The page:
More than dreams, projects. For the space, printable houses and galactic tourism. On earth, plant-covered buildings, shared lives, smart homes and recycling. The future is here
MARS Is there life on Mars? David Bowie posed this question in his 1971 song. The answer? Soon. It could happen as soon as 2024. That’s the goal of Elon Musk, the billionaire founder of Tesla Motors, whose private company SpaceX is moving forward with the ambitious plan of colonizing the red planet by sending into orbit 100 people within eight years and one million more by 2075. Not surprisingly, the interstellar project is outrageously expensive and those of us who are more down to earth discount it as mere science fiction. But the appeal of colonizing Mars could be much more than a pipe dream if it’s true that climate change caused by fossil fuels is jacking up the temperatures so high that man will be forced to abandon earth in the future. In fact, London’s Design Museum is planning an exhibit titled “Mars” for autumn 2019. The planet could become our second home, albeit not a weekend getaway since its 225 million kilometres away. «Mars is relatively close», said Stefano Boeri, who heads the Future City Laboratory, a multidisciplinary research department at Tongji University in Shanghai. «Reaching the planet takes only three months and some of the living conditions are similar to earth, even though the average temperature much lower and the solar year is 670 days». In partnership with the Chinese space agency, the lab is conducting research into whether it’s possible to live on Mars. «We are imagining that there would be many trees and plants, thank to cultivated cityforests. The chlorophyll in this greenery helps trigger the photosynthesis that results in oxygen production». Since plants could be our lifeblood on this new planet, other architecture firms are recreating the red planet’s extreme conditions here on earth. The Mars Science City project is being designed by a team from the United Arab Emirates’ Mohammed bin Rashid Space Centre and the Danish architectural firm Bjarke Ingels Group (BIG). The largest-ever space simulation city will recreate Mars-like conditions on 17.5 hectares in the UAE desert in order to study ways in which these first colonists will be able to live self-sufficiently with the available energy, food and water (last July a saltwater lake was discovered on Mars). The technologies that will be developed at Mars Science City will be the first step for man to become «a multi-planetary species», said BIG founder, Bjarke Ingels. The Mars Science City project proposal emphasizes that architecture makes our world more liveable: «This becomes fundamentally clear when we venture beyond our Terran origins and settle in foreign worlds. Designing to low gravity, low pressure, extreme colds and high levels of radiation radically changes the architect’s tool kit and the resulting forms and spaces». This Mars-on-earth will be located inside a series of geodesic domes. A space museum will engage and educate visitors, some of whom just might be future climate migrants. But before these colonists set foot on Mars, an advance team of robots needs to construct living spaces. At least this is the theory of the acclaimed architect Norman Foster who envisions semi-autonomous robots constructing 3D printed structures using regolith, the mineral dust that covers this alien land. «Given the vast distance from the earth and the ensuing communication delays, the deployment and construction are designed to take place with minimal human input, relying on rules and objectives rather than closely defined instructions», explained Foster + Partners in a statement. «This makes the system more adaptive to change and unexpected challenges – a strong possibility for a mission of this scale». Another David Bowie song “Space Oddity” begins to play in our heads when considering Philippe Starck’s latest project. He’s designing the interior of a hotel inside the world’s first commercial space station. Enjoy a cosmic vacation at zero gravity, at least until Mars opens to visitors.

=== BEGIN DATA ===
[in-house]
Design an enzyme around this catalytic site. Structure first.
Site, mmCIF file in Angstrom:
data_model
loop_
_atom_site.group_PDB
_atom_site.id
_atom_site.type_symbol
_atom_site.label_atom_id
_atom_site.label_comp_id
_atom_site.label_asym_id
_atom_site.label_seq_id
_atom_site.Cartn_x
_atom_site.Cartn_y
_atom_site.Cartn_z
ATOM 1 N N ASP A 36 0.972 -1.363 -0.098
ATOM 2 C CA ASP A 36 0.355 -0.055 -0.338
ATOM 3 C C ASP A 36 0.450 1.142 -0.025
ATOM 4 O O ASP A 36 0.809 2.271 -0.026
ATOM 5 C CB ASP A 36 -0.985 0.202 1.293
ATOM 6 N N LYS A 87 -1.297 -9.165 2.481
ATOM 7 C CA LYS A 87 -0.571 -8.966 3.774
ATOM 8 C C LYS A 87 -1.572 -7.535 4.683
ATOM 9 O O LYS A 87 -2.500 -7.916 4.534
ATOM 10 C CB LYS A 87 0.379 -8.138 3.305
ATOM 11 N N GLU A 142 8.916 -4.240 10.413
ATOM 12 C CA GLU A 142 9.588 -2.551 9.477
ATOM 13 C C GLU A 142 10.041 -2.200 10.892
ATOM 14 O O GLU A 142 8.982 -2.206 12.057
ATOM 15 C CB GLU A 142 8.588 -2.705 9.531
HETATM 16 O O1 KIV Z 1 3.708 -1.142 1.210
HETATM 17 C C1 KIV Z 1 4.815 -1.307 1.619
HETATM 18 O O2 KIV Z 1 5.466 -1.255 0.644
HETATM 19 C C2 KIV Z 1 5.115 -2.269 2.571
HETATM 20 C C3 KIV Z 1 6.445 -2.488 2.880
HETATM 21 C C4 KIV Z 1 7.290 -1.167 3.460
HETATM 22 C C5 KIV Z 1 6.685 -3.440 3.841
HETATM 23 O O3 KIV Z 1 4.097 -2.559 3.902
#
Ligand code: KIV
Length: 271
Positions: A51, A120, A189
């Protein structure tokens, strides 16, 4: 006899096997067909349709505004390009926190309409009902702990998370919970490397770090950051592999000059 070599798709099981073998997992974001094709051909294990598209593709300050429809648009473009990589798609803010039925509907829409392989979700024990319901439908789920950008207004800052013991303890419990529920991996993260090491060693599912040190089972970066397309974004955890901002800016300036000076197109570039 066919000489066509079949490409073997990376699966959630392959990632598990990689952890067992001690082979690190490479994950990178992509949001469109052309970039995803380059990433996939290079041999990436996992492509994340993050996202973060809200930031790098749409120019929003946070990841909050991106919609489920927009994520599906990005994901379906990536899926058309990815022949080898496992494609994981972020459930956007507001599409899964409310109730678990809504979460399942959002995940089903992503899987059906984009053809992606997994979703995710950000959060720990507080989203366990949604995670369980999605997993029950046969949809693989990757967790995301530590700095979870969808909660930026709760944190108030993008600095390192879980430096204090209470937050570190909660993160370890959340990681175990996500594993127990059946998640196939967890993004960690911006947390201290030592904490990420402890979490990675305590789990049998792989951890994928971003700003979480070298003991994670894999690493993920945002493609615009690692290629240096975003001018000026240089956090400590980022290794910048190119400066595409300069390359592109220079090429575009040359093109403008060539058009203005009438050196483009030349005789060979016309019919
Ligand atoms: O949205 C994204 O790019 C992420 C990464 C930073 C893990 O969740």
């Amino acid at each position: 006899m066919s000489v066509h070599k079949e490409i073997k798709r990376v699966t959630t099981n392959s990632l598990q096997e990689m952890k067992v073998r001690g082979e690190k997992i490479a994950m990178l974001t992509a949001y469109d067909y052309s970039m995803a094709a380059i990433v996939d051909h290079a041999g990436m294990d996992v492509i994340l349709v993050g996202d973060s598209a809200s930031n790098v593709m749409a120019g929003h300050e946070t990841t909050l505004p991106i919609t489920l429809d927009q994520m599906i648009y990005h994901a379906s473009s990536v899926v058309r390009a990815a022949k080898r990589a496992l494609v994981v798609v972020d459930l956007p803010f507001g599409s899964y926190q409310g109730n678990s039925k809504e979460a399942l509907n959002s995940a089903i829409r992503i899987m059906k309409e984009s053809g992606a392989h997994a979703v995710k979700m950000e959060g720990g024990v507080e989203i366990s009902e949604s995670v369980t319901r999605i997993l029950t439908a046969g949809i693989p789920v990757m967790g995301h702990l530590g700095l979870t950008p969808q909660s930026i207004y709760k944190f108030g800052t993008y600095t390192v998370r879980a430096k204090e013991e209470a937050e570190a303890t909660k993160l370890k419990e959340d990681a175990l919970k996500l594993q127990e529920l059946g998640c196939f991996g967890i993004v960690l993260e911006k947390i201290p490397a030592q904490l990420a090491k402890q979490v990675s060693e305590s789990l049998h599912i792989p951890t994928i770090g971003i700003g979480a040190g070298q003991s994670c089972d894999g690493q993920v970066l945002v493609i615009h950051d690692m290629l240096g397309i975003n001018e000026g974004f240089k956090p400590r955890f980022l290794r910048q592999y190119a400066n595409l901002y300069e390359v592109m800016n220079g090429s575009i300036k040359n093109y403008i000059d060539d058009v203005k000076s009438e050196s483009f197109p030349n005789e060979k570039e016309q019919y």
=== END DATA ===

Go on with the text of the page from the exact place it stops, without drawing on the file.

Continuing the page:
URBAN FORESTS Fabio Salbitano is calling for an eco-makeover of our cities. «We need to place more importance on greening the cities of the future», said the University of Florence associate professor in the agricultural management department. «This is not an expense, but an investment. The more we raise awareness of this idea, talk about it and take concrete actions the better». Salbitano is one of the organizers of theWorld Forum on Urban Forests (28 November-1 December 2018, Mantua, Italy). The UN’s Food and Agriculture Organization is the main promoter, marking the first time that a UN agency has dedicated a conference to this subject. In the last few years, urban forests have become increasingly important for city governments. Projects are appearing in the portfolios of prestigious architects, who are toiling away to transform the urban landscape. The concrete jungle is becoming more jungle, less concrete. All abloom are leafy skyscrapers and lush facades, public parks, community vegetable gardens and roof-top gardens, as well as the forests surrounding cities. «For decades, we’ve watched as plants and green areas have been disappearing from urban centres», said PeterWalker, a renowned landscape architect from the United States. «This has resulted in poorer air quality and urban heat islands. We are even losing community gathering spaces. There’s much to be gained by the re-greening of an area, not only environmentally but also socially. In fact, being surrounded by nature doesn’t benefit just the economy, it helps the psyche», stressed Walker, who has worked on many fascinating projects including the oak forest surrounding the National 9/11 Memorial, which is located where New York’s Twin Towers once stood. And living trees also enhance the architecture that embraces the intricate branches and foliage, especially the repeating patterns known as fractals, a style completely different from the typically flat lines in urban streetscapes. Jean Nouvel, among others, is a believer. «Vegetation is a way of dematerializing the traditional rigid shapes of modern buildings», said the French architect. Nouvel has collaborated for years with Patrick Blanc, the botanist who created the first green walls which add organic life to man-made surfaces. «I never think of the landscape architecture as separate from the building; it’s part of the overall concept», said Nouvel. For example, Rosewood is a residential building and hotel in the heart of São Paulo named for the wood that partially covers it. Set to open next year, this complex is one of many vertical gardens blooming around the world that «can be a means for returning to a lost way of life», explained Nouvel. Other landscape architects are also incorporating lush urban oases into their projects in development. Japanese architect Kengo Kuma is designing an eco-luxury hotel along Paris’ Left Bank. The Dutch firm MVRDV and garden designer Piet Oudolf have joined forces to construct Valley, a cluster of craggy, mountain-shaped buildings. And the British starchitect Thomas Heatherwick is